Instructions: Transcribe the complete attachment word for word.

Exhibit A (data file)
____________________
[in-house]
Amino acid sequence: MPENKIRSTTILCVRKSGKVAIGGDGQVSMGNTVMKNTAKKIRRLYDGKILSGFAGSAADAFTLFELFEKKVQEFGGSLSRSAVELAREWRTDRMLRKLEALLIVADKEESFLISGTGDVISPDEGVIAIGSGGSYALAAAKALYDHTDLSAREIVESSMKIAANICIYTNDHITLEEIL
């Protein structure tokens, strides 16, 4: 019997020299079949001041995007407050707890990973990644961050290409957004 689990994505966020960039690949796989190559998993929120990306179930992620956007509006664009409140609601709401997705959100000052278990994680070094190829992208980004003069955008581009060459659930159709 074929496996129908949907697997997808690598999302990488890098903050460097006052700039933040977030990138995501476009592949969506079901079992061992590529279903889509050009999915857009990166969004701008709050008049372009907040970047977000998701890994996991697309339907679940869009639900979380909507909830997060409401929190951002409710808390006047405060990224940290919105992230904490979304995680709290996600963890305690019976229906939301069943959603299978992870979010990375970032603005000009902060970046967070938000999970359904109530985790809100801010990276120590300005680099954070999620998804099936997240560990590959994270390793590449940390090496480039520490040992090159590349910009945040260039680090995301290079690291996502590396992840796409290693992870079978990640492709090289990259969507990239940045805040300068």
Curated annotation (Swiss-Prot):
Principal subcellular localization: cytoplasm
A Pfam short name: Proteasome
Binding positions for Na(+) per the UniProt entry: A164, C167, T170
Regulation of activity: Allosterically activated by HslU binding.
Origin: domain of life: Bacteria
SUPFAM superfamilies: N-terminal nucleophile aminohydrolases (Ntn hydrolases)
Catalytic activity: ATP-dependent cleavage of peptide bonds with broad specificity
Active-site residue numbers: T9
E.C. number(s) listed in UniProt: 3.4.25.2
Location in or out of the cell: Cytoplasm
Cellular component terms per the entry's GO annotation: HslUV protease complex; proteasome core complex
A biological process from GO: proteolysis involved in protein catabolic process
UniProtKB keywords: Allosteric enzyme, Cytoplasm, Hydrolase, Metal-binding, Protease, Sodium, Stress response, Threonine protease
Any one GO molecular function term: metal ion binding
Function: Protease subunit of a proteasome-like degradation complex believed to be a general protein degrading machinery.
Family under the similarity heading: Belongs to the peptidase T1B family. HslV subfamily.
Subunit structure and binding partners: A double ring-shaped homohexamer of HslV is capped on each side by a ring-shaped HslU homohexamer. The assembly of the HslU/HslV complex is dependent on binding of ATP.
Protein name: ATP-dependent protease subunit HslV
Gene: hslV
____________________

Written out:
[in-house]
Amino acid sequence: MPENKIRSTTILCVRKSGKVAIGGDGQVSMGNTVMKNTAKKIRRLYDGKILSGFAGSAADAFTLFELFEKKVQEFGGSLSRSAVELAREWRTDRMLRKLEALLIVADKEESFLISGTGDVISPDEGVIAIGSGGSYALAAAKALYDHTDLSAREIVESSMKIAANICIYTNDHITLEEIL
């Protein structure tokens, strides 16, 4: 019997020299079949001041995007407050707890990973990644961050290409957004 689990994505966020960039690949796989190559998993929120990306179930992620956007509006664009409140609601709401997705959100000052278990994680070094190829992208980004003069955008581009060459659930159709 074929496996129908949907697997997808690598999302990488890098903050460097006052700039933040977030990138995501476009592949969506079901079992061992590529279903889509050009999915857009990166969004701008709050008049372009907040970047977000998701890994996991697309339907679940869009639900979380909507909830997060409401929190951002409710808390006047405060990224940290919105992230904490979304995680709290996600963890305690019976229906939301069943959603299978992870979010990375970032603005000009902060970046967070938000999970359904109530985790809100801010990276120590300005680099954070999620998804099936997240560990590959994270390793590449940390090496480039520490040992090159590349910009945040260039680090995301290079690291996502590396992840796409290693992870079978990640492709090289990259969507990239940045805040300068």
Curated annotation (Swiss-Prot):
Principal subcellular localization: cytoplasm
A Pfam short name: Proteasome
Binding positions for Na(+) per the UniProt entry: A164, C167, T170
Regulation of activity: Allosterically activated by HslU binding.
Origin: domain of life: Bacteria
SUPFAM superfamilies: N-terminal nucleophile aminohydrolases (Ntn hydrolases)
Catalytic activity: ATP-dependent cleavage of peptide bonds with broad specificity
Active-site residue numbers: T9
E.C. number(s) listed in UniProt: 3.4.25.2
Location in or out of the cell: Cytoplasm
Cellular component terms per the entry's GO annotation: HslUV protease complex; proteasome core complex
A biological process from GO: proteolysis involved in protein catabolic process
UniProtKB keywords: Allosteric enzyme, Cytoplasm, Hydrolase, Metal-binding, Protease, Sodium, Stress response, Threonine protease
Any one GO molecular function term: metal ion binding
Function: Protease subunit of a proteasome-like degradation complex believed to be a general protein degrading machinery.
Family under the similarity heading: Belongs to the peptidase T1B family. HslV subfamily.
Subunit structure and binding partners: A double ring-shaped homohexamer of HslV is capped on each side by a ring-shaped HslU homohexamer. The assembly of the HslU/HslV complex is dependent on binding of ATP.
Protein name: ATP-dependent protease subunit HslV
Gene: hslV